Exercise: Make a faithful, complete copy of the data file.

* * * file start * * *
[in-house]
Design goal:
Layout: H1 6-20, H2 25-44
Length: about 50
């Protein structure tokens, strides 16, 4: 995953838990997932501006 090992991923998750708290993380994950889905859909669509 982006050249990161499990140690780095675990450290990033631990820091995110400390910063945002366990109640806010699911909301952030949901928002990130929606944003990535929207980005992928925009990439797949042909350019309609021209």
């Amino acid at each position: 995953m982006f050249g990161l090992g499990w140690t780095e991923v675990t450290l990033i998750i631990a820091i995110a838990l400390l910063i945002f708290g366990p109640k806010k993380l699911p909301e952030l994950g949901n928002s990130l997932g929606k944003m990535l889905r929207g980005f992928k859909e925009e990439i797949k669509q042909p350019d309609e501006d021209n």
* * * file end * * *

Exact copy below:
[in-house]
Design goal:
Layout: H1 6-20, H2 25-44
Length: about 50
């Protein structure tokens, strides 16, 4: 995953838990997932501006 090992991923998750708290993380994950889905859909669509 982006050249990161499990140690780095675990450290990033631990820091995110400390910063945002366990109640806010699911909301952030949901928002990130929606944003990535929207980005992928925009990439797949042909350019309609021209």
């Amino acid at each position: 995953m982006f050249g990161l090992g499990w140690t780095e991923v675990t450290l990033i998750i631990a820091i995110a838990l400390l910063i945002f708290g366990p109640k806010k993380l699911p909301e952030l994950g949901n928002s990130l997932g929606k944003m990535l889905r929207g980005f992928k859909e925009e990439i797949k669509q042909p350019d309609e501006d021209n």